Physicians would have greater leeway in prescribing medications to patients, and insurance companies would have less time to approve prior-authorization requests under a bill unanimously approved by a Senate panel Tuesday.
But bill sponsor Greg Steube, R-Sarasota, told senators that if they would like to see the proposal (SB 98) make it into law, they need to press the House of Representatives — which, he said, killed a similar measure last year.
The bill would amend current law to require health insurers, HMOs, Medicaid managed-care plans and pharmacy benefit managers to approve or deny prior-authorization requests in urgent circumstances within 24 hours of receiving the requests. In non-urgent situations, companies would have three days.
The timelines are shorter, for example, than what's currently allowed in the state-employee health insurance program and in the Medicaid program.
HMOs and insurance companies that participate in the state group program are contractually required to review urgent or emergency prior-authorization requests within 24 hours after receipt and within 14 calendar days after receiving routine requests.
Meanwhile, according to a staff analysis, Medicaid officials said they would have to amend managed-care contracts to change prior-authorization requirements and utilization-review timeframes.
Currently, Medicaid managed-care contracts require health plans to authorize or deny standard requests for prior authorization for services other than prescribed drugs within seven days and authorize or deny expedited requests within 48 hours.
Prior authorizations for prescription drugs must be handled more swiftly; the plans must deny, approve or seek additional information within 24 hours after receiving requests for prior authorization for prescription drugs.
According to the staff analysis, the bill would “significantly affect the business (staffing, systems, etc.) and clinical operations of the Medicaid managed care plans. The bill requires the plans to shorten the time to review authorizations, which will increase the administrative costs.”
However, the staff analysis stopped short of putting a price tag on the changes, noting that the increased costs in the Medicaid program and the state group health plan are “indeterminate.”
The bill was supported by groups such as the Florida Medical Association, the Florida Osteopathic Medical Association and AARP Florida. It has widespread support in the Senate, which unanimously passed a similar proposal last year.
Senate Banking and Insurance Committee member Doug Broxson, R-Gulf Breeze, said he has seen similar legislation over the last several years and asked Steube: “Why didn't it pass last year, and what would we have to do to make sure this gets on the governor's desk this year. Where's the hang up?”
Steube said the bill died last year in the House Health and Human Services Committee and half-jokingly told members, “I encourage you to talk to Chair (Travis) Cummings,” who leads the House committee.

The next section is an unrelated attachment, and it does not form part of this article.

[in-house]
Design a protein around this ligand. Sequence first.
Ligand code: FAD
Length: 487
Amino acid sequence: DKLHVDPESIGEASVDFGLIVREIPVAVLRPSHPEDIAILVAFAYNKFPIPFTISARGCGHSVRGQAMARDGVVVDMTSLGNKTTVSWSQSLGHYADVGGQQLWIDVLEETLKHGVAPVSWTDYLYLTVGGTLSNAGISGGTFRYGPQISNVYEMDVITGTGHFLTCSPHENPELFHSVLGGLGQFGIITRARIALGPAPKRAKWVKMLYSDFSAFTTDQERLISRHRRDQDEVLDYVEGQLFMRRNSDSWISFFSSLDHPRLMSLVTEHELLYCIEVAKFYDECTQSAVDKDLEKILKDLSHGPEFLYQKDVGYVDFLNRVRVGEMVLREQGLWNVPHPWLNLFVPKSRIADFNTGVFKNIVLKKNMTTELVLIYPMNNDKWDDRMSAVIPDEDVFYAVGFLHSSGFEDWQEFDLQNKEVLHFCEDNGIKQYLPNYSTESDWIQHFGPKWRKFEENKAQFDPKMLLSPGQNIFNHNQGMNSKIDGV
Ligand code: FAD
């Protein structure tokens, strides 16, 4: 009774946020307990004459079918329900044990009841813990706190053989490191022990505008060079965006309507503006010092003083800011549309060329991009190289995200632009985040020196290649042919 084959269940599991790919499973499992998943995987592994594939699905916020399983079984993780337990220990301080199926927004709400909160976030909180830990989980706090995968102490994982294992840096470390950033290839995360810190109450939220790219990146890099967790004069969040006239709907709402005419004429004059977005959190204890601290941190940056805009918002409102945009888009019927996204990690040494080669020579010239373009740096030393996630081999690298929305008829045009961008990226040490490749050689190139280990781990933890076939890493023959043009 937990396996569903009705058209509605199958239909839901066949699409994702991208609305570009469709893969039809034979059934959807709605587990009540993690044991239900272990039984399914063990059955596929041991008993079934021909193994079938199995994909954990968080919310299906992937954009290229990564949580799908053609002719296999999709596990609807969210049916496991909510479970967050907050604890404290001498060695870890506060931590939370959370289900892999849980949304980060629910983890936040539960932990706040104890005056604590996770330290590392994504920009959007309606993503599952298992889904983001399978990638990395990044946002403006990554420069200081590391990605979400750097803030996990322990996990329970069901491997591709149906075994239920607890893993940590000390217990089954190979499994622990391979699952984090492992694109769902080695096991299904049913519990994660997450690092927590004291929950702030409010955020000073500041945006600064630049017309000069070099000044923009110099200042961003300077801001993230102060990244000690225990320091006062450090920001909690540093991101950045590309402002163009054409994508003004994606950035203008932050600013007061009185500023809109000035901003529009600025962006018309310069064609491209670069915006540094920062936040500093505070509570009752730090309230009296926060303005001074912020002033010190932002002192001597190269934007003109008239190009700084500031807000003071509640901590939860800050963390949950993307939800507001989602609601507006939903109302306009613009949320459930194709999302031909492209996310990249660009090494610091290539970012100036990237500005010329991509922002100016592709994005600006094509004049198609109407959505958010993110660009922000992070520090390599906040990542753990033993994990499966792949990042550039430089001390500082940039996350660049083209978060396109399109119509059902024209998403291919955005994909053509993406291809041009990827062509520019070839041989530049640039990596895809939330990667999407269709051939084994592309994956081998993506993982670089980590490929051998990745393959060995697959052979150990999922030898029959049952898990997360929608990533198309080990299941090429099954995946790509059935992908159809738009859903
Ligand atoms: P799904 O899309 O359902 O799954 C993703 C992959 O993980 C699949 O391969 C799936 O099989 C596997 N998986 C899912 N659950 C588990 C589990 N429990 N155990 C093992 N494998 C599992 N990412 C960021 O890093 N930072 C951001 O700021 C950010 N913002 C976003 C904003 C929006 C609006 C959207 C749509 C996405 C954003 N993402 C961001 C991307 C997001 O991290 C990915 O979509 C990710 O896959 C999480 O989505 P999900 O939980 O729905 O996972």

Broxson, though, pressed Steube, asking him if the Senate was “positioning itself to do this every year, to vote on something that is not going to be heard in the House or be seriously considered?”
Steube then struck a serious tone, saying he's been told Cummings, R-Orange Park, may be “more open to looking at it this year” but said he hadn't had the opportunity to speak with the House chairman about the bill. The bill is filed for the 2018 legislative session, which starts in January.
In addition to addressing prior authorization requirements, the bill also would create a new section in insurance law to address “step therapy” or “fail first” protocols used by insurance companies, HMOs and pharmacy benefit managers. The protocols prescribe certain medical procedures, prescription drugs or courses of treatments that must be used to treat conditions.
Natalie Blake, director of program services for the Multiple Sclerosis Foundation, told senators that “it's unconscionable for somebody with a disease like multiple sclerosis to have to fail a drug first. They should be allowed to take any drug that their physician approves for them that is approved,” by the Food and Drug Administration.
“In MS, if you fail a drug, it results in further disability. You have more progression of your disease and in the long run, it results in a lot more costs to the health system,” she said.
But insurers said the bill would curb the effectiveness of the protocols by requiring insurance companies to approve providers' requests for exceptions under certain criteria. Exceptions would be required, for instance, if a treatment is expected to worsen a patient's medical condition or decrease the ability of the patient to perform daily activities.
Audrey Brown, president of the Florida Association of Health Plans, was the sole lobbyist to speak against the bill Tuesday.
She told the panel that prior authorization and step therapy requirements serve a two-fold purpose: to save costs and to ensure patient safety.
“Half of over every dollar spent by the pharmaceutical industry is on direct consumer marketing, which increases a patient's demand for high-cost brand drugs,” she told the committee. “Requiring the step of a generic equivalent is one of the only negotiating tools a health plan has over costs.”
Brown also touched on Florida's opioid crisis in her testimony, noting that requiring patients to take non-addictive opioid alternatives before narcotics helps curb potential overprescribing.